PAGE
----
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AGOA: Deceleration in SA’s apparel export growth?

Published date:
Tuesday, 02 September 2003

Apparel exports under the African Growth and Opportunity Act (AGOA) for the first 6 months of 2003 showed a significant increase over the corresponding period of 2002, according to recently published data by the US Office of Textiles and Apparel (OTEXA).

AGOA-eligible apparel exports for the year to June 2003 amounted to $510 million, representing a 41% year-on-year increase. Apparel exports under AGOA represent 75% of total apparel exports from African countries having met the "apparel visa requirements" under the Act.

Lesotho continues to be the largest apparel exporter under AGOA, with $166 million of exports to date. Next are Mauritius (62 million), Madagascar (60 million), South Africa (54 million) and Swaziland (54 million). These five countries together account for almost 80% of all AGOA-eligible apparel exports thus far in 2003.

A closer look at the trade statistics reveals some interesting trends. Despite strong growth in apparel exports, three of the leading apparel exporters (South Africa, Mauritius and to a lesser extent Swaziland) have started showing signs of a slowdown in their apparel export trajectory.

South Africa stands out as displaying the largest relative (year-on-year) deceleration in apparel exports under AGOA during the last few months. Following strong first quarter growth to March, year-on-year apparel exports were up 134% on the previous year. After the second quarter to June 2003, exports were still up year-on year, but at a much lower aggregate of 87%. This implies that AGOA-eligible exports in the second quarter grew at a third of the pace shown earlier in the year, relative to growth rates in 2002. Most recent data for South Africa indicates that during June 2003, AGOA-eligible clothing exports as a proportion of total apparel exports to the US stood at a mere 32%, down from almost 60% for the month of January. This goes against the overall trend under AGOA, whereby total apparel exports under the Act for all countries stood at 76% for the year to June (up marginally from the previous year).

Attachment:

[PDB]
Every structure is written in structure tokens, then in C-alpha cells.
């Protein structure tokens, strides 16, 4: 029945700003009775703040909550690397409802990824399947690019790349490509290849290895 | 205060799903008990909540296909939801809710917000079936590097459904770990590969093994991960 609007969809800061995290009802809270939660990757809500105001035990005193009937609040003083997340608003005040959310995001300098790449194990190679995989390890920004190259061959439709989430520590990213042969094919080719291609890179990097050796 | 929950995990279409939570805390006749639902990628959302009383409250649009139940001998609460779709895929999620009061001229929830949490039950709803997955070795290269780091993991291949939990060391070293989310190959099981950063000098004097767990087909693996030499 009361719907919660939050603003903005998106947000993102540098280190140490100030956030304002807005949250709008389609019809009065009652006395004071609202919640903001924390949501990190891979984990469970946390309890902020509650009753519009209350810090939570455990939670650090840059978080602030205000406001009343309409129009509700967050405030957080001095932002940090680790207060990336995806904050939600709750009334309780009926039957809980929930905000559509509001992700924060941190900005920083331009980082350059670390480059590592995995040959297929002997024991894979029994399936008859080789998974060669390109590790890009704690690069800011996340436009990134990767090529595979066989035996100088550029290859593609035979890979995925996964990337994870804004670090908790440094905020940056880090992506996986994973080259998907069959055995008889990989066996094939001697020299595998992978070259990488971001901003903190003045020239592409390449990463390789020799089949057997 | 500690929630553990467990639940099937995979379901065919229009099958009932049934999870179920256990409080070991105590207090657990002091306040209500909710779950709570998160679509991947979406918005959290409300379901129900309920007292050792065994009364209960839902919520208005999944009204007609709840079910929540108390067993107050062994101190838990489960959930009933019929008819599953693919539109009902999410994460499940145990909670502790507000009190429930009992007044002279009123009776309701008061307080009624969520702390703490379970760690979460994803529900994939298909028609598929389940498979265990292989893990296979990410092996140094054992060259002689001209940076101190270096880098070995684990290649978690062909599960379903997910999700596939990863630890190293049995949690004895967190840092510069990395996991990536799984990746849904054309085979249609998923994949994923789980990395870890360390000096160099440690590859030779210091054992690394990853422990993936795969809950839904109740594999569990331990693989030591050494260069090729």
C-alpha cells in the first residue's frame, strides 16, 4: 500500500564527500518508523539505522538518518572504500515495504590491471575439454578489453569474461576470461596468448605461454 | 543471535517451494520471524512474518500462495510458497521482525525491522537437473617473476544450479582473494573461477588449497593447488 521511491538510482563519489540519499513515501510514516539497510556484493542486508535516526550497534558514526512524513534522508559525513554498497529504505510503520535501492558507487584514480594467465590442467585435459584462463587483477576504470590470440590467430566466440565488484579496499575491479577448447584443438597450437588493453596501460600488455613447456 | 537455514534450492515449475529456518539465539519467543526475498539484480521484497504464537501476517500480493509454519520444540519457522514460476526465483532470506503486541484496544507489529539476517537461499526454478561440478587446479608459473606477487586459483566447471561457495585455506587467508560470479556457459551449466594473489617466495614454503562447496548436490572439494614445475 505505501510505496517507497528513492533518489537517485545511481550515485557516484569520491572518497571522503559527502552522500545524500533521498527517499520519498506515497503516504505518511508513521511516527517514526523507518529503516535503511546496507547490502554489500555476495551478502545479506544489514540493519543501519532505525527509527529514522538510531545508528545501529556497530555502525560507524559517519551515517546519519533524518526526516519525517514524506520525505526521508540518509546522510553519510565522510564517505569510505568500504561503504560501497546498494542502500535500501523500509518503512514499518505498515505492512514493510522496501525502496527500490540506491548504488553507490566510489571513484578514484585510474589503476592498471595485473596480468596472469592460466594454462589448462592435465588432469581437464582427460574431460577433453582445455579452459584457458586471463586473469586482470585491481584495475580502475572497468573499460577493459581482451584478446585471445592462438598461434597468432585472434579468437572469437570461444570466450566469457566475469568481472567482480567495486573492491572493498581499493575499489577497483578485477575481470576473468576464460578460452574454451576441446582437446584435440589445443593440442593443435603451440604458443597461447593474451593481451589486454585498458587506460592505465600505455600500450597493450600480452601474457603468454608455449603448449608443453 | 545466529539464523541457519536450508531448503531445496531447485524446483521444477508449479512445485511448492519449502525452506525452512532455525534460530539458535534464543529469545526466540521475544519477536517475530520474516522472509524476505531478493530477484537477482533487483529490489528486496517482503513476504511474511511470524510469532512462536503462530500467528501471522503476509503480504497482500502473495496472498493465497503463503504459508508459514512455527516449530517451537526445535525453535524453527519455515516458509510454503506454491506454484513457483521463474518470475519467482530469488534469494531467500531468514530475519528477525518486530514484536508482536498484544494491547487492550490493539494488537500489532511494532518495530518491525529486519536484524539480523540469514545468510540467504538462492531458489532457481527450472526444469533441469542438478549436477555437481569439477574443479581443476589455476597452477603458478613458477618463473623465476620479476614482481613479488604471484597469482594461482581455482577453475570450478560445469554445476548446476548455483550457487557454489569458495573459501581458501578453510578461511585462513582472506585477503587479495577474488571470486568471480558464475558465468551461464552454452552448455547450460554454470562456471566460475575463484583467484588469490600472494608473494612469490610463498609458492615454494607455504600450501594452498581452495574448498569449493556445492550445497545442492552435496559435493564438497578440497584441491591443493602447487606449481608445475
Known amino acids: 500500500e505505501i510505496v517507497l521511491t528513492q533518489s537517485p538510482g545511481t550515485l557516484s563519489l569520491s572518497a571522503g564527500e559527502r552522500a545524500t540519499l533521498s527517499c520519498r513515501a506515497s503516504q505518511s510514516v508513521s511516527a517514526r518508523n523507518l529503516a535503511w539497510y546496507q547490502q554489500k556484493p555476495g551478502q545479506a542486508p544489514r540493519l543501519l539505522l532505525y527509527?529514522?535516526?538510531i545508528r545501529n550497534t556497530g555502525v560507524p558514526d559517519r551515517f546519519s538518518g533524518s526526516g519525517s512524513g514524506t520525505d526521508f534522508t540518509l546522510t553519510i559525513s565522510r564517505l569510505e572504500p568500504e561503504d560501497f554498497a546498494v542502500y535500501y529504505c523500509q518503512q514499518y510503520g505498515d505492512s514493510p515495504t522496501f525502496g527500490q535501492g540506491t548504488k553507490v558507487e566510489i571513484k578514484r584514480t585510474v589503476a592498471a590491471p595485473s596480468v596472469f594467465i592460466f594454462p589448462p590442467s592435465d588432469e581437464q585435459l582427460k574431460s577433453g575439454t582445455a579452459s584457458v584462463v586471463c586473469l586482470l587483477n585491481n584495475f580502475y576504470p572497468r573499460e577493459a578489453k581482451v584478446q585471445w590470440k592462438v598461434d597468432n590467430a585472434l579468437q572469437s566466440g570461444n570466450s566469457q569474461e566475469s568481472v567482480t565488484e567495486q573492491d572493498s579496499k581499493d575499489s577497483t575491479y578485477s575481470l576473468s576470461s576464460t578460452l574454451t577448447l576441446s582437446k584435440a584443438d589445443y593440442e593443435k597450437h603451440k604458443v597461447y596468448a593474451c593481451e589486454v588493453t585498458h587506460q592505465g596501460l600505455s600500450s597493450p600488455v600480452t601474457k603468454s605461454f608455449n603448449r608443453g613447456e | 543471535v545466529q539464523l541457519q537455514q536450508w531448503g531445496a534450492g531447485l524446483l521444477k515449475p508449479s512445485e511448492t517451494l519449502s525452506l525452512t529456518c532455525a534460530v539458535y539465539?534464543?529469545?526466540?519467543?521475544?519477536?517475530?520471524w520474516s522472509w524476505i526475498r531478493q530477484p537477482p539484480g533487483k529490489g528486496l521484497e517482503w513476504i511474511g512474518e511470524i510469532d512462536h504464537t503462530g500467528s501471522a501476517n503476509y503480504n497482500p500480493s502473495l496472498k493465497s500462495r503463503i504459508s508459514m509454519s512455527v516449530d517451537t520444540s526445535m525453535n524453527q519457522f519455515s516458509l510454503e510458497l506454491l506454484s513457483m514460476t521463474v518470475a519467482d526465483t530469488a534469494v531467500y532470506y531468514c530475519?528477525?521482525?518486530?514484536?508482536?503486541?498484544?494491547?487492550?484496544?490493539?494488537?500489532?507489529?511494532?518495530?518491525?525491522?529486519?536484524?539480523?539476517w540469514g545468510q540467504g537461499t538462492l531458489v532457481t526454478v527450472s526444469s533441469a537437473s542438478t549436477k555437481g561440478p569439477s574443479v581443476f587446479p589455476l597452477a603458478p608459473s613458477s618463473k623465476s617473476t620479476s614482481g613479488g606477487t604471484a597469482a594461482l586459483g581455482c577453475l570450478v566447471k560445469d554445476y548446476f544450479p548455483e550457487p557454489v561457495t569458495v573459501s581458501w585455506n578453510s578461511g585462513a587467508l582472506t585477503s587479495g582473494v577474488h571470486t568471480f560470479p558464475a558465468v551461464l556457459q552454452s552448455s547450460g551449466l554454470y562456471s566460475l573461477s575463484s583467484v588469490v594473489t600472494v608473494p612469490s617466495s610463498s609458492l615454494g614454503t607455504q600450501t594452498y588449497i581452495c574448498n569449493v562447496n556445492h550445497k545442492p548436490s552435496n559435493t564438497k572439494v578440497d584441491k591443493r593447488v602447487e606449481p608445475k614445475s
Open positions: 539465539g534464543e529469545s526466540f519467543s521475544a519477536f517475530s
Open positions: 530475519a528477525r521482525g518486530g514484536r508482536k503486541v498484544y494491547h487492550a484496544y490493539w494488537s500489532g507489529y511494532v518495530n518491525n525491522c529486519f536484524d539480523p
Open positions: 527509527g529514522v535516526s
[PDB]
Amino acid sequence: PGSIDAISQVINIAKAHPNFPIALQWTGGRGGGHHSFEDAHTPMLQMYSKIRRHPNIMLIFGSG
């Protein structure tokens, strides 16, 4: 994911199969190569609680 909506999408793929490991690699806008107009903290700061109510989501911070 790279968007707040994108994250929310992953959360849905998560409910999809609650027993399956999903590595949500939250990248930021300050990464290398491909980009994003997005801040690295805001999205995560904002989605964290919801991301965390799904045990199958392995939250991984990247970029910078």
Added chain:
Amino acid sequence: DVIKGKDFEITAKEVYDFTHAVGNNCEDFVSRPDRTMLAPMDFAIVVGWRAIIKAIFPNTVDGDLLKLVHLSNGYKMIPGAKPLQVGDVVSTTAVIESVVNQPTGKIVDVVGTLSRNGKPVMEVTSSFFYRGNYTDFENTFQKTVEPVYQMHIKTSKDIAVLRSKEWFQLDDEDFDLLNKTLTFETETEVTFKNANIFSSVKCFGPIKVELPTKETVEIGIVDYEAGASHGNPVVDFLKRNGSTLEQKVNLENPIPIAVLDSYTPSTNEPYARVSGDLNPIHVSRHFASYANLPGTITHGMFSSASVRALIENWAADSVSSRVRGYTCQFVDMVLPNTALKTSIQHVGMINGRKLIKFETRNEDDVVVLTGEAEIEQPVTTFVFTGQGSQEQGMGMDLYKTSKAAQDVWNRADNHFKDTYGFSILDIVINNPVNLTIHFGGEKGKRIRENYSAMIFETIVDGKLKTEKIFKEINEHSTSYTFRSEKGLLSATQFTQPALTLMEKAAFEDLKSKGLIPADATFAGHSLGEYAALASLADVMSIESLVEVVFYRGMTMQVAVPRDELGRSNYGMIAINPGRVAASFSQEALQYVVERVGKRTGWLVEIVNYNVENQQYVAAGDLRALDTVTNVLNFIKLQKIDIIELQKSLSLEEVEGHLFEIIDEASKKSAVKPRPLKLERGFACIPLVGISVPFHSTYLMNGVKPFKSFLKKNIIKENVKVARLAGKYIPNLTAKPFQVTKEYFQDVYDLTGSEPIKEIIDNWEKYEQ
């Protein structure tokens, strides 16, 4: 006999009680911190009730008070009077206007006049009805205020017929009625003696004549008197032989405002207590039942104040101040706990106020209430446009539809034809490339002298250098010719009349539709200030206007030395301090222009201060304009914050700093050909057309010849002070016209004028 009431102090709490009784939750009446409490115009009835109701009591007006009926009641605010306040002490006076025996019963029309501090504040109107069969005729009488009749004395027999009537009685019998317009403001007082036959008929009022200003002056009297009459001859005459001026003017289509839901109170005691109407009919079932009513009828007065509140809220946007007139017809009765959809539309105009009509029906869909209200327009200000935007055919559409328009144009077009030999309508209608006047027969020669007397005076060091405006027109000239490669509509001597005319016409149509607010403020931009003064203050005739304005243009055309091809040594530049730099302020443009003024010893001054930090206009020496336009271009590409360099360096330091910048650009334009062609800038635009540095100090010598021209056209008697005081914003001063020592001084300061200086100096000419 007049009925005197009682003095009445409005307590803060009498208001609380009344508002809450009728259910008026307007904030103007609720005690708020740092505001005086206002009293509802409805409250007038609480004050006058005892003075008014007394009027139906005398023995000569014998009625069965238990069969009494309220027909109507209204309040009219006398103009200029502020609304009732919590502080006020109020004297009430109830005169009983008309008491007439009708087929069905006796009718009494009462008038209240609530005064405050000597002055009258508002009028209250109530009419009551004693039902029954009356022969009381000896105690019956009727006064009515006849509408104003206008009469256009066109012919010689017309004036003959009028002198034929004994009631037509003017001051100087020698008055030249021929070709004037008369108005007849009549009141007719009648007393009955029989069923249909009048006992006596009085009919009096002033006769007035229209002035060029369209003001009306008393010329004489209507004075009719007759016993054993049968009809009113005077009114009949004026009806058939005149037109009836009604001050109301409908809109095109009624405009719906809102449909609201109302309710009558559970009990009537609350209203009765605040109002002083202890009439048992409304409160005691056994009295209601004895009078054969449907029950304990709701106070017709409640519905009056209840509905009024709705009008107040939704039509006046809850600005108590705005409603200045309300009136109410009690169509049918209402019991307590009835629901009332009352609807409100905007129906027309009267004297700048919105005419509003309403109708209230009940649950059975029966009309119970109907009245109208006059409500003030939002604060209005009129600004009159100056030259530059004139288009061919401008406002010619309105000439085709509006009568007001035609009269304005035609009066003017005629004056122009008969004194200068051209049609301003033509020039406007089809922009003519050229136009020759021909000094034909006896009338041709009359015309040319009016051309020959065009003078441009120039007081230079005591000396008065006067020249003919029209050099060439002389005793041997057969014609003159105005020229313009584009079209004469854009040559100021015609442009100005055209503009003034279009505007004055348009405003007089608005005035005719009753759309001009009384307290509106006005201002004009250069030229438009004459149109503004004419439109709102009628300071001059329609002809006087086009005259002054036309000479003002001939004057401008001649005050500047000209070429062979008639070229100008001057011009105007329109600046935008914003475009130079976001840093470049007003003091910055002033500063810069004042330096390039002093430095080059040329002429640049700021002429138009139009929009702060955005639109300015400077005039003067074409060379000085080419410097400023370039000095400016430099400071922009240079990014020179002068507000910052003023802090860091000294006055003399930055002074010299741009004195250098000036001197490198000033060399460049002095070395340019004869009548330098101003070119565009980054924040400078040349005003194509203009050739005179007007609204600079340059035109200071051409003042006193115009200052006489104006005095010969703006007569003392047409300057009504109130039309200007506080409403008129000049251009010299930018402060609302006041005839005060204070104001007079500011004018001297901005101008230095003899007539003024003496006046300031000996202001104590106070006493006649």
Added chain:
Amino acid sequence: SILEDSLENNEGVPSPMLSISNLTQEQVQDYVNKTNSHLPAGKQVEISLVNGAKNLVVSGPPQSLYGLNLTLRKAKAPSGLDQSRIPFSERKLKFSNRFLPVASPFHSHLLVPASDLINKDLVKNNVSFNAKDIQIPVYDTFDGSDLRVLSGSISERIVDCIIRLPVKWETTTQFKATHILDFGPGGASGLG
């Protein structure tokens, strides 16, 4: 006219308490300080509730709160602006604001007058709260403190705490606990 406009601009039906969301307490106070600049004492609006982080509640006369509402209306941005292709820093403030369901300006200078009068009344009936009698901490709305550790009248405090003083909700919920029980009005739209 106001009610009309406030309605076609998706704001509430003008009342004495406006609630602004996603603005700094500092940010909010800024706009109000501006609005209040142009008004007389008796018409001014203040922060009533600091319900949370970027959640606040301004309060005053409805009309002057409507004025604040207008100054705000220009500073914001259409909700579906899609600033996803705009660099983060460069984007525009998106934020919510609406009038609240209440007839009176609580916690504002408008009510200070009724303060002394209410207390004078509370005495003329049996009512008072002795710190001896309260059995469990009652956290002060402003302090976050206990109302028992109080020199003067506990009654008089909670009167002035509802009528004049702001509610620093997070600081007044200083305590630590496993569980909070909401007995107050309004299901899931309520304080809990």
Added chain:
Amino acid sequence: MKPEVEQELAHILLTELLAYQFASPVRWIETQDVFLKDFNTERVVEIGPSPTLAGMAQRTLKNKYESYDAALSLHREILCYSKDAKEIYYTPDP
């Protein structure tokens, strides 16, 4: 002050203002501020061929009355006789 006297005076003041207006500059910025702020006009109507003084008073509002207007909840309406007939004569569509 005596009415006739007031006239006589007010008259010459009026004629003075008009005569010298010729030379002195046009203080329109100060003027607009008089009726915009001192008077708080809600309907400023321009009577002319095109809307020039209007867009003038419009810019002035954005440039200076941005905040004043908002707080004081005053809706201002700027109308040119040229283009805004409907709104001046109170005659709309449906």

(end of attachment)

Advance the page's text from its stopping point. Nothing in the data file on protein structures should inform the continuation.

An important determinant of international competitiveness, the exchange rate of the local currency vis-à-vis US dollar, seems to be the main "culprit" and is having a significant impact on South African apparel exporters. The local currency, after depreciating sharply against the US dollar in 2001, has since recovered to its strongest level in years. This has made foreign-made yarns and fabrics significantly more accessible, and some local apparel exporters appear to be foregoing AGOA-preferences in favour of using competitively-priced third country inputs for US-bound exports outside of AGOA. The benefits herein would thus seem to outweigh average import duties of 15-20% under normal trade relations (NTR).

September 2004 sees the proposed ending of the apparel provisions that currently provide so-called "lesser developed beneficiary countries" (LDBCs) with very liberal rules of origin. These merely require a single transformation, and in practice mean that most AGOA-eligible countries can benefit for AGOA preferences by simply undertaking apparel-assembly operations. Lesotho, the leading apparel exporter under AGOA, seems to be little affected by an "unfavourable" exchange rate (being part of a "common monetary area", the Lesotho currency is pegged to that of South Africa). It has managed to accelerate its year-on-year apparel export growth rate in the second quarter of 2003, with export price pressure seemingly being offset by more competitively priced textile imports. Thus far all of Lesotho's apparel for export under AGOA is made from third country fabric.

Although the time-bound 'apparel provisions' for LDBCs were ostensibly intended to serve as an incentive for the upgrading of regional textile manufacturing capacity, the latest trade data shows that on aggregate there has been little development. In the first half of 2003, 79% of all apparel exports under AGOA entered the US under HTS 9819.11.12: "Apparel from foreign fabric made in a lesser developed country". This proportion is unchanged from the corresponding period of the previous year (2002).

While anecdotal evidence points to major investments in textile manufacturing capacity in countries like Lesotho and Swaziland, AGOA-eligible countries on the whole continue to utilise third-country textile inputs where possible. Whether the apparel provision will be extended post-2004 is uncertain, which means that unless significant additional textile manufacturing capacity is brought on steam before then, there could be a major downturn in apparel exports under AGOA in the years to come.

By Eckart Naumann

An associate at tralac

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